Food Grade Air (General)

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Food Grade Air (General)

A number of important changes to compressed air within food applications have been made recently, the following summary highlights any areas which could impact on to existing or new equipment. Whilst these changes are at present recommendations only they are to be read in conjunction with the mandatory HACCP Food Grade Compressed Air which is a UK law from January 2006 for England, Scotland, Wales and Northern Ireland. Most importantly is any customer who is a part of the BRC (British Retail Consortium) or who supplies to a member of the BRC will be expected to adhere to the new Code of PracticeŁ if they are to continue with this supply. The code of practice has been jointly prepared by the British Retail Consortium and The British Compressed Air Society to give useful guidance and allow informed decisions on what type of compressed air is required for each customers applications.

Best Compressor Solutions

There are several suitable solutions, and they are divided on wether the compressed air comes in direct contact with the food or not.

  • Oil free compressors with dryer (-20░ dew point) - Click here
  • Oil free compressors with dessicant dryer (-40░/70░ dew point)
  • Screw compressors with adequate filtration Click here
  • Screw Compressors with food grade oil Click here
  • Scroll Compressors, Oil free Click here
  • KeyKeg compressors Oilf Free, Stainless steel cabinet Click here

Call Our Sales Team to discuss your application for professional advice


To prevent possible contamination from compressed air during the production, processing, handling, packaging and transporting within the food chain at all stages from source to consumer, the code of practice has been drawn up to allow the customer to identify hazards and take steps to eliminate these hazards (requirements of HACCP). The contaminants identified in this code are dirt (solid particles), water (as humidity) and oil. Additionally Microbiological Contaminants shall be considered as a potential risk. The code sets the minimum recommendation for compressed air quality in new installations. Consideration has been given in all potential contamination issues surrounding compressed air and measuring methods for air quality testing.


The code of practice identifies the air purity requirements for compressed air for both contact and non-contact applications. It identifies the testing procedures to verify the compressed air quality. It gives recommendations on the types of equipment to be used and the maintenance activities associated with these types of equipment. Importantly the code of practice does not cover the use of compressed air as a food ingredient. In addition the production of beverages is not covered by this code with the exception of the bottling and canning processes. Hazard Analysis and Critical Control Point (HACCP) The Hazard Analysis and Critical Control Point process shall follow the recommendations identified in the British Retail Consortium publication, BRC Global Standard Food. The distinction between high risk and low risk shall be decided by a competent person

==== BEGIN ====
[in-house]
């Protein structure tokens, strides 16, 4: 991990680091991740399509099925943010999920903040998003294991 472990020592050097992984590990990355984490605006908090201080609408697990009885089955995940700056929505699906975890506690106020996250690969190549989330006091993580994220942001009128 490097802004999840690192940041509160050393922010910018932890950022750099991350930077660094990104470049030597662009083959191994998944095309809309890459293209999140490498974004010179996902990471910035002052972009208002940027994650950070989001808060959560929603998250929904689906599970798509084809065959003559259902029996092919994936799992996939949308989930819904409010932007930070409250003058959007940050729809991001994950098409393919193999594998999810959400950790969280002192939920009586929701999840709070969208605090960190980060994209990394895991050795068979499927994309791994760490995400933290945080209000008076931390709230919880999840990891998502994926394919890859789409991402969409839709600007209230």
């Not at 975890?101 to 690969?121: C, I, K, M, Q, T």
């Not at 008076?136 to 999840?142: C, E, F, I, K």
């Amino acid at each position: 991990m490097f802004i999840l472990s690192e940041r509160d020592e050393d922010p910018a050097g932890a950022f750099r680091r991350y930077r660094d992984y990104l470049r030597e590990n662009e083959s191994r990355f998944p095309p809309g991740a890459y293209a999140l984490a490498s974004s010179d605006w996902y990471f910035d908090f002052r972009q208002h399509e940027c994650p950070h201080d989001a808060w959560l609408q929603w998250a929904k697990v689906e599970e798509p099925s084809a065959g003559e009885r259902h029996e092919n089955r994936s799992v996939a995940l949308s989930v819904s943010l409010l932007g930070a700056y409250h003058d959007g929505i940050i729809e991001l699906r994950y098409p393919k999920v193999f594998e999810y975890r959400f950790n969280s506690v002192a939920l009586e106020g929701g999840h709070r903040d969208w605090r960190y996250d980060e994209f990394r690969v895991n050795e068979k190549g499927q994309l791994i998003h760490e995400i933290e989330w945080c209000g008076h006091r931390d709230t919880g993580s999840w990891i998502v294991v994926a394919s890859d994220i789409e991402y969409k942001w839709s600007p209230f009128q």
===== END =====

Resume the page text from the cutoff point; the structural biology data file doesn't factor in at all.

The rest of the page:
The code of practice details all areas of the installation from the location of the compressor in respect of airborne contaminants, the ventilation and cooling of the compressor to ensure good operating temperatures, the compressed air distribution system and choice of pipe material and the air treatment according to the air purity specification. Importantly it advises that improvements to existing systems may not show immediate improvements and the use of purity testing will be important to monitor the success of the changes. The use of compressor lubricants is covered within the code, specifically identifying the need for a risk assessment (HACCP) to assess whether the use of food grade lubricants are required, if food grade lubricants are currently not being used and the risk assessment identifies a potential hazard, then the oil shall be replaced with food grade oil in line with the procedures identified in the EHEDG Document 23.

Air Purity

The code identifies the air purity requirements between two clearly identified groups:
a. Air that comes into direct contact with the food (contact)
b. Air that could come into contact with the food (non-contact)

The contaminant values for dirt and oil given below are those at reference conditions in ISO 8573-1 at a temperature of 20║C, absolute atmospheric pressure of 1 bar and relative water vapour pressure of zero.


Particle size, d μm 0,10 < d ≤ 0,5 0,5 < d ≤ 1,0 1,0 < d ≤ 5,0
Maximum number of particles per m│ 100 000 1000 10
Water ≤ -40║C pdp (at airline pressure)
Oil - Less than 0.01 mg/m│


Particle size, d μm 0,10 < d ≤ 0,5 0,5 < d ≤ 1,0 1,0 < d ≤ 5,0
Maximum number of particles per m│ 100 000 1000 10
Water ≤ +3║C pdp (at airline pressure)
Oil ≤ 0.01 mg/m│
Where HACCP shows a high risk factor, use ContactŁ recommendations.

Microbiological Contaminants

The level of microbiological contaminants shall be detected by the method for solid particle detection under ISO 8573-7, this is a method to detect if solid particles contain any viable (living) units.

Measurement and Testing

The testing of the compressed air purity should be identified within the HACCP, normally this would be at least twice a year, and should be in accordance with the guidelines within ISO 8573. All measurements and tests shall be documented and recorded.


The compressed air equipment involved in producing the compressed air to purity levels stated shall be maintained to the level identified by the original equipment manufacturer. It is a requirement under this code that this work is only carried out by qualified personnel.

Best Practice Guidelines

Download food beverage grade compressed air best practice guide 102 from BCAS website

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